Carl Gibson, 27, is co-founder of US Uncut, a nonviolent grassroots movement that mobilized thousands to protest corporate tax dodging and budget cuts in the months leading up to Occupy Wall Street. Carl and other US Uncut activists are featured in the documentary We're Not Broke, which premiered at the 2012 Sundance Film Festival. Carl is also the author of How to Oust a Congressman, an instructional manual on getting rid of corrupt members of Congress and state legislatures based on his experience in the 2012 elections in New Hampshire. He lives in Sacramento, California.

Reader Supported News is the Publication of Origin for this work. Permission to republish is freely granted with credit and a link back to Reader Supported News.

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+26 # A P 2014-09-10 09:43
Great information, as but one example of how big corporations can "afford" to do far more than they are.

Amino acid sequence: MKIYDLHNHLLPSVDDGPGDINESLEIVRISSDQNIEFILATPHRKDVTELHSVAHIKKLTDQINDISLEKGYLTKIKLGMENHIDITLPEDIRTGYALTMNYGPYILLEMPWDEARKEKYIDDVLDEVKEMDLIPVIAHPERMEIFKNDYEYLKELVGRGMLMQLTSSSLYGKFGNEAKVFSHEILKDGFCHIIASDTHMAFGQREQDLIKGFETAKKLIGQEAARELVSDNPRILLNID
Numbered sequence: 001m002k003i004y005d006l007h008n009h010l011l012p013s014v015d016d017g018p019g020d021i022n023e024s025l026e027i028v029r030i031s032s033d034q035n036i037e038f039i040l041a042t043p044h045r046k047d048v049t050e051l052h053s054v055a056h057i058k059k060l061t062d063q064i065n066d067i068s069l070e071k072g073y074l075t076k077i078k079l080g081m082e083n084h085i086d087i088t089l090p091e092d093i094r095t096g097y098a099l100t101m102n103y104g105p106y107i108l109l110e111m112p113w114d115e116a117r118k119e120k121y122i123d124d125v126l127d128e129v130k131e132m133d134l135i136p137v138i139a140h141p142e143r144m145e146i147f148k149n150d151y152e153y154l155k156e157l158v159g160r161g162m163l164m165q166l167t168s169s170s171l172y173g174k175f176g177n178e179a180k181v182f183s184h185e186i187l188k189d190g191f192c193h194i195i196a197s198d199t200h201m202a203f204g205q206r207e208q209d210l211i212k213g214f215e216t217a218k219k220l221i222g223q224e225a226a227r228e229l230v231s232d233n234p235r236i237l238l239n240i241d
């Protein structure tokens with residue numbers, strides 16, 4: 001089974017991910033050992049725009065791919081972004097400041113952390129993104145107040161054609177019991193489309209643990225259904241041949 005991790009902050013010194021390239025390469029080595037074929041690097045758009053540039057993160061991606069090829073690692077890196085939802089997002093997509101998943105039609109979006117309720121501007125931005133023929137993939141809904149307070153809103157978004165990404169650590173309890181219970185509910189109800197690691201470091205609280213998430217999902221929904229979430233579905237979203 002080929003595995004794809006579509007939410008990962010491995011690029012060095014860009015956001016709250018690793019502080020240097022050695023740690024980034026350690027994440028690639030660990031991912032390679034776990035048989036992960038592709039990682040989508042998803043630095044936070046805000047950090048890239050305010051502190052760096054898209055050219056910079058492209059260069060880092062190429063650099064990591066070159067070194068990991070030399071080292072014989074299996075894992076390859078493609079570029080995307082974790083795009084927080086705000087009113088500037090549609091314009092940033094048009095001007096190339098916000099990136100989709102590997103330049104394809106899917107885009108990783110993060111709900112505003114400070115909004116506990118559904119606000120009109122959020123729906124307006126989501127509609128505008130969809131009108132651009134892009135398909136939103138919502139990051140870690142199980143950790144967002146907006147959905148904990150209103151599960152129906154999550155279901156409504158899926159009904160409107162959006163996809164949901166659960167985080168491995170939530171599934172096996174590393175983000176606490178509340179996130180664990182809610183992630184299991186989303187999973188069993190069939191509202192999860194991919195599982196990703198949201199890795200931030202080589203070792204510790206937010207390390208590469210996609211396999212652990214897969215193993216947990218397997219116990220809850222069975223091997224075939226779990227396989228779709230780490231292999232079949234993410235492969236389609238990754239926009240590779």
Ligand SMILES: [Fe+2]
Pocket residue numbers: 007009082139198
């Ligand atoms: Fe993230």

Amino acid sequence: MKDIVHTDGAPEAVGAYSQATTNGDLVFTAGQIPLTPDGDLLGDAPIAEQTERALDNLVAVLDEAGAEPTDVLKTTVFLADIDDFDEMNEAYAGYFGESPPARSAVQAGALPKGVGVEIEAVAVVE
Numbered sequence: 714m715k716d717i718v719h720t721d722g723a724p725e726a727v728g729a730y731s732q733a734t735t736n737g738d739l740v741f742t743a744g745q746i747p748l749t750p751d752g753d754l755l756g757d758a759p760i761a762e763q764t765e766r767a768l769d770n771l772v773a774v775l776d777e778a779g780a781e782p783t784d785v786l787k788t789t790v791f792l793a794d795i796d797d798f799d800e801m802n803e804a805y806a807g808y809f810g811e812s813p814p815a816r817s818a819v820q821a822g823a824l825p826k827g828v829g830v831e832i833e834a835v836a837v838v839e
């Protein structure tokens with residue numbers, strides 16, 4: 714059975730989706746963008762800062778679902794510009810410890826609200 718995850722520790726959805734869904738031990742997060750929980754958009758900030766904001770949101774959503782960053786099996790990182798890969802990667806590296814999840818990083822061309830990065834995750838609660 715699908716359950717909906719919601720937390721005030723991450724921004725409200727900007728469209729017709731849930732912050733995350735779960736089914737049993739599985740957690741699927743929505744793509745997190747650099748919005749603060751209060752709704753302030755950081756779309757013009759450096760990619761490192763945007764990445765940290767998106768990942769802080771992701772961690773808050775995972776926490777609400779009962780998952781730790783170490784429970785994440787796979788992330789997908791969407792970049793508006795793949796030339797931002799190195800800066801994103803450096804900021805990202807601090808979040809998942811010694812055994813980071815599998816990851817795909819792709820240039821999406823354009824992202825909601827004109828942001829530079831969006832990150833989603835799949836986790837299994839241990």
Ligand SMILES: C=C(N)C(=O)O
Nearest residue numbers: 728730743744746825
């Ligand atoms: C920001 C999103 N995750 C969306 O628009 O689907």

Other than to make a point, singling out Apple is pointless. Apple operates within the framework it finds itself, just like consumers operate withing the economy/society they find themselves.

The fundamental changes required to shift attitudes and actions in either case are not under either group's control.

Yes, awareness is the first step, but the core issues are at the level of corporate personhood, fair taxation and breaking the international currency/bankin g cartels.

The BRICS project provides a glimmer of hope in breaking Bretton Woods US$ hegemony, but will it alone lead to fair wages, worker safety and taxation?

No, that involves revoking corporate personhood to make humans responsible for corporate actions and tying corporate tax rates to worker wages/benefits/ conditions. All workers from raw resource extraction to product sales, internationally .
 
 
-45 # DD1946 2014-09-10 10:36
I hate these articles that vilify just one company by name. I am not so dumb that I don't know the others are committing the same abuses. If some company isn't then tell us who they are!

And Mr. Gibson---what kind of phone do YOU have???
 
 
+62 # Billsy 2014-09-10 11:45
I suggest you channel your outrage into rereading the article. Mr. Gibson acknowledged the complicity of HP & Samsung, manufacturers of the gadgets of his choice. He continued to point out that Apple was the best known, most financially successful and most egregious example of this kind of abuse. This article coincides with the flurry of excited news articles on Apple's latest product release.